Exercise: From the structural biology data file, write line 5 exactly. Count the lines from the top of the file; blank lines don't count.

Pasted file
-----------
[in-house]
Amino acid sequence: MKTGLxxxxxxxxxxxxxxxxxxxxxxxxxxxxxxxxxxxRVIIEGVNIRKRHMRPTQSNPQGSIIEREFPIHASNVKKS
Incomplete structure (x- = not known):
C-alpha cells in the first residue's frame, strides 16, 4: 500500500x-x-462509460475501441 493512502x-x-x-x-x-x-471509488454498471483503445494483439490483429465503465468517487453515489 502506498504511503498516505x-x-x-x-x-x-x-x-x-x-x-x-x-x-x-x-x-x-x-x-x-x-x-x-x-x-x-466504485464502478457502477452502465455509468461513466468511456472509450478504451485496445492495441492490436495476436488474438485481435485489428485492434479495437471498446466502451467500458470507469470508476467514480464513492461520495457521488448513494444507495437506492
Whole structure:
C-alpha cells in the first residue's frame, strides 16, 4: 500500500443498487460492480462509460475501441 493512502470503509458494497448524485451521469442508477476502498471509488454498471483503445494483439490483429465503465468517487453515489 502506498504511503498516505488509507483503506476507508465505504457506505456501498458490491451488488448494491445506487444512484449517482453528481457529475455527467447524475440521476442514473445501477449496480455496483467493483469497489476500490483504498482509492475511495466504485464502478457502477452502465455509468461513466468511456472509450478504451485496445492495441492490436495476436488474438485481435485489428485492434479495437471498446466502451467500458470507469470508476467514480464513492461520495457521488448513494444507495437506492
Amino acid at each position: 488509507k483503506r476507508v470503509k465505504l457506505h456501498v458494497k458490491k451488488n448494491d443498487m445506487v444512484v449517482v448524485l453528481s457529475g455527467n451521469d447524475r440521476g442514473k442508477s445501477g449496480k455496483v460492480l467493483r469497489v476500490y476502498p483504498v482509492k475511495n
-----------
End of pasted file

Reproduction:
Whole structure: